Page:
For decades, well-funded feminist groups have argued that women’s interests are best served by a “living Constitution” and by activist judges who decide cases based on the desires of the public, rather than the rule of law.
In Harris Funeral Homes v. EEOC, for example, a case currently before the court, the National Women’s Law Center has filed a brief joined by 36 other amici, 25 of which are self-described women’s groups that claim to speak for women. While there are a number of amici advocating for the other side, the number of women’s groups filing in support of Harris Funeral Homes can be counted on half of one hand.
Similarly, Zubik v. Burwell illustrates the undue influence of left-leaning women’s legal groups. In that case, the federal government refused to provide a religious exemption from the so-called birth-control mandate, for organizations like the Little Sisters of the Poor, a group of Catholic nuns that served the poor and dying, irrespective of religion. The government threatened massive fines that would have shut the Little Sister’s doors.
In Burwell, the National Women’s Law Center again filed a brief joined by no less than 68 other amici, including at least 37 self-described women’s groups that claimed to represent all women. Even in a high profile case, in which the Supreme Court ultimately held unanimously in favor of the Little Sisters, only a handful of women’s groups filed in favor of religious liberty.
Although one wouldn’t know it from the feminist legal establishment, many American women believe in a limited, constitutional role for the federal courts and understand that policy change should be made primarily through the elected branches of government. The voices of these women, however, are not often represented before the courts.
Left-leaning women’s groups also advocate for judges that will enact their favored social policies and urge the Supreme Court and lower federal courts to update old laws to reflect current elite opinion. They believe that our written Constitution can and should be updated by a simple majority of five unelected justices of the Supreme Court.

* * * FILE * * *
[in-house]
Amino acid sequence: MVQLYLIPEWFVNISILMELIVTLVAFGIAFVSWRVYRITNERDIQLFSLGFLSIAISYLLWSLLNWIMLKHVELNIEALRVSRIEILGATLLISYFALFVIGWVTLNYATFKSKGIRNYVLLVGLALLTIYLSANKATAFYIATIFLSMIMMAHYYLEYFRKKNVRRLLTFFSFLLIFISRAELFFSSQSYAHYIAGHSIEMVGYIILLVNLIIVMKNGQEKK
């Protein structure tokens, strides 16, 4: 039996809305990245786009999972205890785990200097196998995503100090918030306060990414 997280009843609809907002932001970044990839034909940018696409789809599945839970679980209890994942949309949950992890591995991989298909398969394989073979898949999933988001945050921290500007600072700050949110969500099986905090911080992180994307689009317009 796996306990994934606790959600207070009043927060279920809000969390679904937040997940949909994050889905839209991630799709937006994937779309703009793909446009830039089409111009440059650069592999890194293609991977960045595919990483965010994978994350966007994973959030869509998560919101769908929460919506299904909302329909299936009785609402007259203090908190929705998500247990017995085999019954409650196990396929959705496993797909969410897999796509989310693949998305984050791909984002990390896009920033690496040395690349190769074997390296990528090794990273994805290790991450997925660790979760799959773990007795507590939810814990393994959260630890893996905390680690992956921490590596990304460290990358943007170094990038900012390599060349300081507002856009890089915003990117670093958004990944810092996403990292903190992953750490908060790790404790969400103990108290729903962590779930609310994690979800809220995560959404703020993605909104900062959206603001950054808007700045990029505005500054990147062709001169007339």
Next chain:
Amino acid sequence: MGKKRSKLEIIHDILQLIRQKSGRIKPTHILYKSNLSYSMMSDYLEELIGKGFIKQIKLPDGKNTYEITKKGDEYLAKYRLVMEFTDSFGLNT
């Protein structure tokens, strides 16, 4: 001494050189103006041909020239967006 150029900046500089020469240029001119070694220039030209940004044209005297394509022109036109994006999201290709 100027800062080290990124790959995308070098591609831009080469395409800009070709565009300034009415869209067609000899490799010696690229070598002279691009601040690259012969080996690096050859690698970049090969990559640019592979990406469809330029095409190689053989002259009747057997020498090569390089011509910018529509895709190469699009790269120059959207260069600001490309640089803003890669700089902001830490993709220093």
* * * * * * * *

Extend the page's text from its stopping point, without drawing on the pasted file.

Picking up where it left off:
The invitation from left-of-center women’s groups to the federal courts and judges to single-handedly update our Constitution and democratically enacted laws is a threat to our fundamental right of self-governance. When judges impose their own policy preferences unmoored from the text of the Constitution or a statute, this ultimately limits the ability of women to participate in government.
The politicization of the federal bench has led to contentious confirmation hearings that all too often focus, not on a nominee’s judicial philosophy, but instead on his or her personal views all in an effort to determine how he or she will vote on a particular case.
Worse, the politicization of the bench has made routine the politics of personal destruction. Most recently, the nomination of an extremely qualified individual, Brett Kavanaugh, was nearly derailed by a coordinated smear-campaign that produced zero evidence of the accused wrong-doing. Tellingly, the Senate Judiciary Committee referred no less than four of Kavanaugh’s accusers to the FBI for an investigation of their false allegations.
For these reasons, the Independent Women’s Forum is launching the Independent Women’s Law Center to provide a much-needed counterbalance to left-leaning feminist legal groups that have dominated the legal arena. It’s a David-and-Goliath struggle, but it’s time to push back on the misrepresentation of women’s interests in the courts.
Being pro-woman does not mean supporting judicial activism. To the contrary, women’s voices — at the ballot box or in public office — can only be heard when judges stay in their constitutionally-prescribed lanes and honor the rule of law over their own policy preferences.
Erin Hawley is a senior legal fellow at the nonprofit Independent Women’s Forum and former clerk to Chief Justice John G. Roberts, Jr.
The views and opinions expressed in this commentary are those of the author and do not reflect the official position of The Daily Caller.